the Crimea is only joined to the rest of the Ukraine by a 4-mile wide spit of land and only became part of the Ukraine politically in the ’50s, and Russia as a thing started in the Kievan Rus’; these facts help explain the Crimean intervention and why Russia might be interested in the Ukraine beyond mere geopolitics. (Further in mere geopolitics: the Russian wheat harvest failed a few years ago, and the Ukraine sits on the most productive soil in Europe.)

and I still can’t work out why, if you’re going to hold a dodgy referendum, you don’t at least keep the yes votes down to 70% or so and not make it look like quite so obvious)

Because the West and “non-Russian” (for want of a better phrase) Ukraine were never going to believe the result, bent or not. They’d see 70% for as “Putin didn’t get to 30% of the ballot boxes.” Given that, why not give your believers a bit of a morale boost?

Russia is paranoid about security, for very good reasons. One of the reasons for World War I was Russia saw Serbia falling under Austro-Hungarian control as its final encirclement (not without good reason: it’s very easy to pick out Serbia on this map once you know the Axis is orange), and they see NATO doing it again today.

There’s this odd nostalgia for the Cold War; things were big and simple, there wasn’t any of this climate change nonsense, economic growth seemed possible, Serious Men were respected and listened to and never accused of being horrible homophobes or racists or what have you (or if they were, they didn’t have to pretend to care). Of course this past didn’t actually exist, but you can see its appeal for a certain section of society that’s still much more likely to get published in the opinion columns.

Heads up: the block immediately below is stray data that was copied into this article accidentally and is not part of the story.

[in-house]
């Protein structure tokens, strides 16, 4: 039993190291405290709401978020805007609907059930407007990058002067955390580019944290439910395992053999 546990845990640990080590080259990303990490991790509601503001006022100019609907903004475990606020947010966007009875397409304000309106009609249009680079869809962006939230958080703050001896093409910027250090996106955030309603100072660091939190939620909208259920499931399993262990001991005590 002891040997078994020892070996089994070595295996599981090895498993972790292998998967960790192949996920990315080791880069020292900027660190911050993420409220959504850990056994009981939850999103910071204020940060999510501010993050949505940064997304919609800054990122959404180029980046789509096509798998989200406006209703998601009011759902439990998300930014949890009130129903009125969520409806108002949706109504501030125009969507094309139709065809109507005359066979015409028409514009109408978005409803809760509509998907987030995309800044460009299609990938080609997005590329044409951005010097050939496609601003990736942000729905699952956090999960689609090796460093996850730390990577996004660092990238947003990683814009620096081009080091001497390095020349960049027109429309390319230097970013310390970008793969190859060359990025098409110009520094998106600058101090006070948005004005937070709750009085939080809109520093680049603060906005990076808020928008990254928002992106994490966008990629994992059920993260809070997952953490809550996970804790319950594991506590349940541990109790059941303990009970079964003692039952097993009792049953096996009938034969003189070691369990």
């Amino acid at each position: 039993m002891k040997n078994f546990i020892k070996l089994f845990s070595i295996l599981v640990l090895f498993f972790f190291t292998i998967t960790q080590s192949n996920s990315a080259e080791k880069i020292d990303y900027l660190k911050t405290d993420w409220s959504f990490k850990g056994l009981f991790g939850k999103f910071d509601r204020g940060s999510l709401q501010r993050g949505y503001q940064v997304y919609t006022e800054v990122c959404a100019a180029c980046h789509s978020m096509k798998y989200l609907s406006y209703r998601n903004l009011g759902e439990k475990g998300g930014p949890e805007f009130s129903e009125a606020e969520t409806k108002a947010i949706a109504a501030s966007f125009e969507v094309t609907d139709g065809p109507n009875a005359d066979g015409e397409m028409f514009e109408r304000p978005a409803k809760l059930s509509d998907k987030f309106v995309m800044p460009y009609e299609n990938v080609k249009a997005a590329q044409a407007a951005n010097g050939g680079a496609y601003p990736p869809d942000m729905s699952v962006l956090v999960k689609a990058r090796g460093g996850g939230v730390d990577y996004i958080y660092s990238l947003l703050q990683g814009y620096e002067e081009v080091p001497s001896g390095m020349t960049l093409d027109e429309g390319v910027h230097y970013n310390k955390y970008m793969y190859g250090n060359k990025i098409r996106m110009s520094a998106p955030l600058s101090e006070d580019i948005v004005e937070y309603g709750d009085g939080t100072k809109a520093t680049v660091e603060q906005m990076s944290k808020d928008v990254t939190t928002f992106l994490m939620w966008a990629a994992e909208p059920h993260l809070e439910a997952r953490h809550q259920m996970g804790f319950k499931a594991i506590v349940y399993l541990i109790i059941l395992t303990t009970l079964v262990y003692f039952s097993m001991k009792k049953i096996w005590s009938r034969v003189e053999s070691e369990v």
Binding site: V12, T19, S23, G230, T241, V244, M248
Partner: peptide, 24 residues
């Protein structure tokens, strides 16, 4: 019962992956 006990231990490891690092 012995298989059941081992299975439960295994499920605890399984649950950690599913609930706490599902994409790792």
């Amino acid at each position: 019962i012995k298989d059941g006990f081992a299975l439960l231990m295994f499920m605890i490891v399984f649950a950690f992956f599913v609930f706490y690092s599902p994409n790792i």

Here endeth the brain dump. :-)

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Comment on The Night Of The Doctor, and more besides by willyrobinson http://www.realreview.ie/?p=684&cpage=1#comment-2464 willyrobinson Fri, 22 Nov 2013 20:47:57 +0000 http://www.realreview.ie/?p=684#comment-2464 Agree with all of this, but It's unlikely I'd have written it this well, in fairness. Or it would have maybe taken me half an hour longer... Completely agree with your final paragraph - it's like there's no heart in the show, it's just TV made by ad-men. They may have the budget and the visual skills, but there's some very basic storytelling lacking - not least that they're forcing the stories and the characters far too often. Agree with all of this, but It’s unlikely I’d have written it this well, in fairness. Or it would have maybe taken me half an hour longer…

Completely agree with your final paragraph – it’s like there’s no heart in the show, it’s just TV made by ad-men. They may have the budget and the visual skills, but there’s some very basic storytelling lacking – not least that they’re forcing the stories and the characters far too often.